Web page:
Stephanie Thomas is vice president of Princeton Satellite Systems and also the Principal Investigator for the Direct Fusion Drive.[7]

Projected performance[edit]

Analyses predict that the Direct Fusion Drive would produce between 5-10 Newtons[1] thrust per each MW of generated fusion power,[5] with a specific impulse (Isp) of about 10,000 seconds and 200 kW available as electrical power.[4] Approximately 35% of the fusion power goes to thrust, 30% to electric power, 25% lost to heat, and 10% is recirculated for the RF heating.[1]

Modeling shows that this technology can potentially propel a spacecraft with a mass of about 1,000 kg (2,200 lb) to Pluto in 4 years.[4] Since DFD provides power as well as propulsion in one integrated device, it would also provide as much as 2 MW of power to the payloads upon arrival, expanding options for instrument selection, laser/optical communications,[1][4] and even transfer up to 50 kW of power from the orbiter to the lander through a laser beam operating at 1080 nm wavelength.[1]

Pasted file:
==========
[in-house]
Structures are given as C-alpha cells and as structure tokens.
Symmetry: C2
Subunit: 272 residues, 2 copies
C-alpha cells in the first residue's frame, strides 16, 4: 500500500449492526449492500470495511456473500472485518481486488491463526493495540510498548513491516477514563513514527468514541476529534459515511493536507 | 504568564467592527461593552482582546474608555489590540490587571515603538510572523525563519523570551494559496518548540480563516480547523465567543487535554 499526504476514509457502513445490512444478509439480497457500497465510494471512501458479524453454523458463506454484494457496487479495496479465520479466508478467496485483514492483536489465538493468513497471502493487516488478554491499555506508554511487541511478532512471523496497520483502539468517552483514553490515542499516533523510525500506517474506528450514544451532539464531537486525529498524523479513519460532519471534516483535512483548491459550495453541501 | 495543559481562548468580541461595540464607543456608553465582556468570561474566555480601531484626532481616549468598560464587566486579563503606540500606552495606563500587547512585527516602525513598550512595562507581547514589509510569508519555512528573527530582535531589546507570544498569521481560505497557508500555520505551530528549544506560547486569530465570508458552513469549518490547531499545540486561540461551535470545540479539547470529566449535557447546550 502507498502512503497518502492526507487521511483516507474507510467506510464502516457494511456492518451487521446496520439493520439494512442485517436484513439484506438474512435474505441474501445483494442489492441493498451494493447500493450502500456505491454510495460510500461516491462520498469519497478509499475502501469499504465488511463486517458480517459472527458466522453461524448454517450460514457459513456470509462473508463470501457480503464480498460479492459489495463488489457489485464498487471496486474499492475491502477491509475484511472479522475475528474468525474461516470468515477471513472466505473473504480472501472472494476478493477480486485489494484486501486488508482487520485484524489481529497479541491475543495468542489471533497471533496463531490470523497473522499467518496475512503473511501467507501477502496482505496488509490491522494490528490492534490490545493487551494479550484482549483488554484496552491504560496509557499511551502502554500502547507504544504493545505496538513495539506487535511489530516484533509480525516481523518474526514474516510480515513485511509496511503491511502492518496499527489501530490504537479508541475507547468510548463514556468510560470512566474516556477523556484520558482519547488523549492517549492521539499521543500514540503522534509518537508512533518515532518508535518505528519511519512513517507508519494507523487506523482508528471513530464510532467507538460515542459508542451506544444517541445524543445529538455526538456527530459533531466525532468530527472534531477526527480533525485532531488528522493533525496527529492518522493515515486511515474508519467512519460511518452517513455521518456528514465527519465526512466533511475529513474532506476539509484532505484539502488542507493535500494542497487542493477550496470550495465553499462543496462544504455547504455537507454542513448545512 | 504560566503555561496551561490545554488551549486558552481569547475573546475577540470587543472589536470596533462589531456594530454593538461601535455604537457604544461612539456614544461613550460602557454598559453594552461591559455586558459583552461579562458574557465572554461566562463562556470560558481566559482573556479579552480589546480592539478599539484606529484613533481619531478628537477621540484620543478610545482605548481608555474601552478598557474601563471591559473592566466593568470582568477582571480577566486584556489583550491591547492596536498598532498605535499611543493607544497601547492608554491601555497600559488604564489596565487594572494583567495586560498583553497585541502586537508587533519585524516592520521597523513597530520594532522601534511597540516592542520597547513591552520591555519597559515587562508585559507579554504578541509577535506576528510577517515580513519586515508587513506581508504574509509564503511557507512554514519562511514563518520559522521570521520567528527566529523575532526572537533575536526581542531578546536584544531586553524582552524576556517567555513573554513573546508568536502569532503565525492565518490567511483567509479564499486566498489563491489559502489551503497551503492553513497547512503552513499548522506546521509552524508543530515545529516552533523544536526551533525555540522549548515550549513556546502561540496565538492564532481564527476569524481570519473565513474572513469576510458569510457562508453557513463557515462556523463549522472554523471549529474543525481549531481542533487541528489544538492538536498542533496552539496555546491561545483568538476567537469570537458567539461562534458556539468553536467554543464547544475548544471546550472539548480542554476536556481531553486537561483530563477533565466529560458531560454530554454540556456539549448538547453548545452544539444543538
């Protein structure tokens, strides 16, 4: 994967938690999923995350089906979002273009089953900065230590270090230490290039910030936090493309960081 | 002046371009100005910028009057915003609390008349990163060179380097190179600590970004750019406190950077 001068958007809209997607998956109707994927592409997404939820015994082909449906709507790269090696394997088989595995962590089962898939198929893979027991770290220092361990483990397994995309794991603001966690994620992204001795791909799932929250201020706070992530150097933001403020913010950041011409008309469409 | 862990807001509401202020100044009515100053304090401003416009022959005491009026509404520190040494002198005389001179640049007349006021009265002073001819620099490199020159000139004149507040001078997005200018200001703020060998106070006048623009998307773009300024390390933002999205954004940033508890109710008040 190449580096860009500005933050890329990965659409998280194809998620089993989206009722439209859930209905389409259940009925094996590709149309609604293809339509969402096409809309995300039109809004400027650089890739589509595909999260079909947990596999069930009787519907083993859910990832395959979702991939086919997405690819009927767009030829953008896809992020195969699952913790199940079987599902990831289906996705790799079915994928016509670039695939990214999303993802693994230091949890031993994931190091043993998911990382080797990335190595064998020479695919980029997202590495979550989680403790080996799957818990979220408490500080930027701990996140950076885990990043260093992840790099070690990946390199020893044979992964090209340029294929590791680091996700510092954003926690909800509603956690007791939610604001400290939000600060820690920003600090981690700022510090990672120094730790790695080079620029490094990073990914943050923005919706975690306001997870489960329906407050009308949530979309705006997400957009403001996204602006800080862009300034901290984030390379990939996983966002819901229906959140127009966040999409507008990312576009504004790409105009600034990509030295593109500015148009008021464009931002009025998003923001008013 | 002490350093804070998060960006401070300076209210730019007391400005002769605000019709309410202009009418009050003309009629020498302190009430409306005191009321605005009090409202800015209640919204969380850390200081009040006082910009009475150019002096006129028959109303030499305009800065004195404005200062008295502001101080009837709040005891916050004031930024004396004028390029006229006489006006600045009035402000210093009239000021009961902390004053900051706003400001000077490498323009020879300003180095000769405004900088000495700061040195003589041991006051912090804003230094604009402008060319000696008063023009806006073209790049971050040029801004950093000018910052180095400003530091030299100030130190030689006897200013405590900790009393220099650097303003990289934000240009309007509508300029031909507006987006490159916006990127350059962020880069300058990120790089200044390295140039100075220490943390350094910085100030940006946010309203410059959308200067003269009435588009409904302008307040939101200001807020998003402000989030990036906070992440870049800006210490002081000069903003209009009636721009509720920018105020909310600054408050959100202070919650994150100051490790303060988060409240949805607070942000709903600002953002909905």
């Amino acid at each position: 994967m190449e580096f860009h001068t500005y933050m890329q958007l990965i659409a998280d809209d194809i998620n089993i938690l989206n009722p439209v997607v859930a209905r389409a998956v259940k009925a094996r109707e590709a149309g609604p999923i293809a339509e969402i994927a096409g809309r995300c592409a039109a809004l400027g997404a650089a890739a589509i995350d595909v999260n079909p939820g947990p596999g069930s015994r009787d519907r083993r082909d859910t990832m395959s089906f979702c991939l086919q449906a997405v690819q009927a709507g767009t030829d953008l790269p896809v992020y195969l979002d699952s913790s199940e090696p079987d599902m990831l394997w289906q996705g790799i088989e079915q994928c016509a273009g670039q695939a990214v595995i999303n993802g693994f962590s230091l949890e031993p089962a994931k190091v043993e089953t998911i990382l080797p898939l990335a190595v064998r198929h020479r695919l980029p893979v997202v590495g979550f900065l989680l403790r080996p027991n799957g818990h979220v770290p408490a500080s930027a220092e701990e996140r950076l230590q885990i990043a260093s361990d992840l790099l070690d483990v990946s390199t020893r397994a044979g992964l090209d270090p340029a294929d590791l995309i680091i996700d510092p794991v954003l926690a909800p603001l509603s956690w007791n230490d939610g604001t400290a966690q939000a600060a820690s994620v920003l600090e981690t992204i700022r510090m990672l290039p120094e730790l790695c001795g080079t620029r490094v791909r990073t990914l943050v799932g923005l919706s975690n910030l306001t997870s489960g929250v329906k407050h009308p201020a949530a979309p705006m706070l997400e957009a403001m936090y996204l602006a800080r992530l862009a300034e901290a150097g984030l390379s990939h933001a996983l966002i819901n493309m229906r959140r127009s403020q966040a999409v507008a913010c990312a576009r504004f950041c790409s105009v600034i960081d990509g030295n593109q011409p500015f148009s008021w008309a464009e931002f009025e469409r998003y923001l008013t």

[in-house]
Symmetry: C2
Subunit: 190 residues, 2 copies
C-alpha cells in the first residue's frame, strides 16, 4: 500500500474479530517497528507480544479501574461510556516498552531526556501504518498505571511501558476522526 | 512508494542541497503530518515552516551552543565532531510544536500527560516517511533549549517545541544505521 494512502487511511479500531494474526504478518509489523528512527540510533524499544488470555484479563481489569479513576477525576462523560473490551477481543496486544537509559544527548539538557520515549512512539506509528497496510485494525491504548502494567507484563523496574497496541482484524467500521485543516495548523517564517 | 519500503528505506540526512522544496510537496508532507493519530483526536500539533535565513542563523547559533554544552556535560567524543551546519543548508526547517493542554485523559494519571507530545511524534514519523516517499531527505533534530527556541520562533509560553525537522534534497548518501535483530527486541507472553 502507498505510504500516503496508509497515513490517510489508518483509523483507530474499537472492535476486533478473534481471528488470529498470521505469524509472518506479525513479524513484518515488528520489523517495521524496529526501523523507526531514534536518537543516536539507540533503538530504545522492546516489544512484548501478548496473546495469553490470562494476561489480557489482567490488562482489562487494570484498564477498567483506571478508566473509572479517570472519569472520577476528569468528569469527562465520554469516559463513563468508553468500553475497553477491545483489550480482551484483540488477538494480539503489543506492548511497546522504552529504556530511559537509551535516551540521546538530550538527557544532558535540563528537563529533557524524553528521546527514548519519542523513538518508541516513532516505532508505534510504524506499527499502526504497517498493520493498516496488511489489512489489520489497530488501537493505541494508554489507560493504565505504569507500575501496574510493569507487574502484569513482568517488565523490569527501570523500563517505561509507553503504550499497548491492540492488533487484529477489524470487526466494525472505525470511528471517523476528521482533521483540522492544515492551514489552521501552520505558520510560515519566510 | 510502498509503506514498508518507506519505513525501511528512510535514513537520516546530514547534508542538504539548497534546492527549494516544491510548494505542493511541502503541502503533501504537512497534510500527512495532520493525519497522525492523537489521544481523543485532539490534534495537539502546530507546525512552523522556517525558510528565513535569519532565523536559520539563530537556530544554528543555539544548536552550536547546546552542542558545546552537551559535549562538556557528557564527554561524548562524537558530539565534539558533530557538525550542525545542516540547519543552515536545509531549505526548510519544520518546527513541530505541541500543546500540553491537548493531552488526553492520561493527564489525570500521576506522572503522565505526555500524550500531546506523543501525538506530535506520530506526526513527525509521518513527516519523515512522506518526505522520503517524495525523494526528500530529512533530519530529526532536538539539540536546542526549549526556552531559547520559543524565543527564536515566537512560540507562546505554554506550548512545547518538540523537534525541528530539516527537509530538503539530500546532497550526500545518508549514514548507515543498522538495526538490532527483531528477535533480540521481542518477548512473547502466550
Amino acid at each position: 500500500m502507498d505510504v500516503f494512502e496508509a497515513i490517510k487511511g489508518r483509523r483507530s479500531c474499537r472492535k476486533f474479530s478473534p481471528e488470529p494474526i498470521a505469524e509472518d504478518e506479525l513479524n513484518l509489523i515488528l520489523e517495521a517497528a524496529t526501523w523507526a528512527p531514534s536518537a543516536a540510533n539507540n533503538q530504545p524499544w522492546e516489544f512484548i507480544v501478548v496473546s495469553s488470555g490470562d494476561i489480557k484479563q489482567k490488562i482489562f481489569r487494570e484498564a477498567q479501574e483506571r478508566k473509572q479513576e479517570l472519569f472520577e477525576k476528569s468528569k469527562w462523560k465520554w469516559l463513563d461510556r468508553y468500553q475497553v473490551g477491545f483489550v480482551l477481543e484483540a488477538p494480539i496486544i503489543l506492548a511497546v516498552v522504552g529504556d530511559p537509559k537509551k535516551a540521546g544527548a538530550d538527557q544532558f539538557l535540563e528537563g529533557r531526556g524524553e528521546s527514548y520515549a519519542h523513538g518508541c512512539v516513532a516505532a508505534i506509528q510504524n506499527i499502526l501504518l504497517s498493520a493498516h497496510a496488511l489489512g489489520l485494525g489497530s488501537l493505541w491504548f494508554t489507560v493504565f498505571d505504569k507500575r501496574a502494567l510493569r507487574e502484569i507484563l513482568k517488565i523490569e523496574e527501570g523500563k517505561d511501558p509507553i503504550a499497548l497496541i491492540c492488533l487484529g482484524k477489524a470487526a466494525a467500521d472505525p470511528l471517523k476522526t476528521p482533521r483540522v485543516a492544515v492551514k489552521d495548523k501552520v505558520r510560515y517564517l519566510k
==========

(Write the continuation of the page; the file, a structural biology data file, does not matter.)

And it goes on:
The designers think that this technology can radically expand the science capability of planetary missions.[4] This dual power/propulsion technology has been suggested to be used on a Pluto orbiter and lander mission,[1][4] a well as integration on the Orion spacecraft to transport a crewed mission to Mars in a relatively short time[8][9] (4 months instead of 9 with current technology).[6]


  1. ^ a b c d e f g h i j k Fusion-Enabled Pluto Orbiter and Lander - Phase I Final Report. (PDF) Stephanie Thomas, Princeton Satellite Systems. 2017.
  2. ^ [1]. Yosef S. Razin, Gary Pajer, Mary Breton, Eric Ham, Joseph Mueller, Michael Paluszek, Alan H. Glasser, Samuel A. Cohen. Acta Astronautica. Volume 105, Issue 1, December 2014, Pages 145-155. doi:10.1016/j.actaastro.2014.08.008.
  3. ^ a b Direct Fusion Drive Quad Chart. Princeton Satellite Systems. Accessed: 18 July 2018.
  4. ^ a b c d e f Hall, Loura (April 5, 2017). "Fusion-Enabled Pluto Orbiter and Lander". NASA. Retrieved July 14, 2018.
  5. ^ a b Nuclear and Future Flight Propulsion - Modeling the Thrust of the Direct Fusion Drive. Stephanie J. Thomas, Michael Paluszek, Samuel A. Cohen, Alexander Glasser. 2018 Joint Propulsion Conference, Cincinnati, Ohio. doi:10.2514/6.2018-4769
  6. ^ a b How Direct Fusion Drive (DFD) will Revolutionize Space Travel. Zain Husain, Brownpaceman. 1 October 2016.
  7. ^ Direct Fusion Drive technical animation. Princeton Satellite Systems. Accessed 18 July 2018.
  8. ^ Direct Fusion Drive to Mars – A FISO Talk. Princeton Satellite Systems. 8 August 2013. Accessed: 18 July 2018.
  9. ^ Going to Mars via Fusion Power? Could Be. Michael D. Lemonick, Time. 11 September 2013.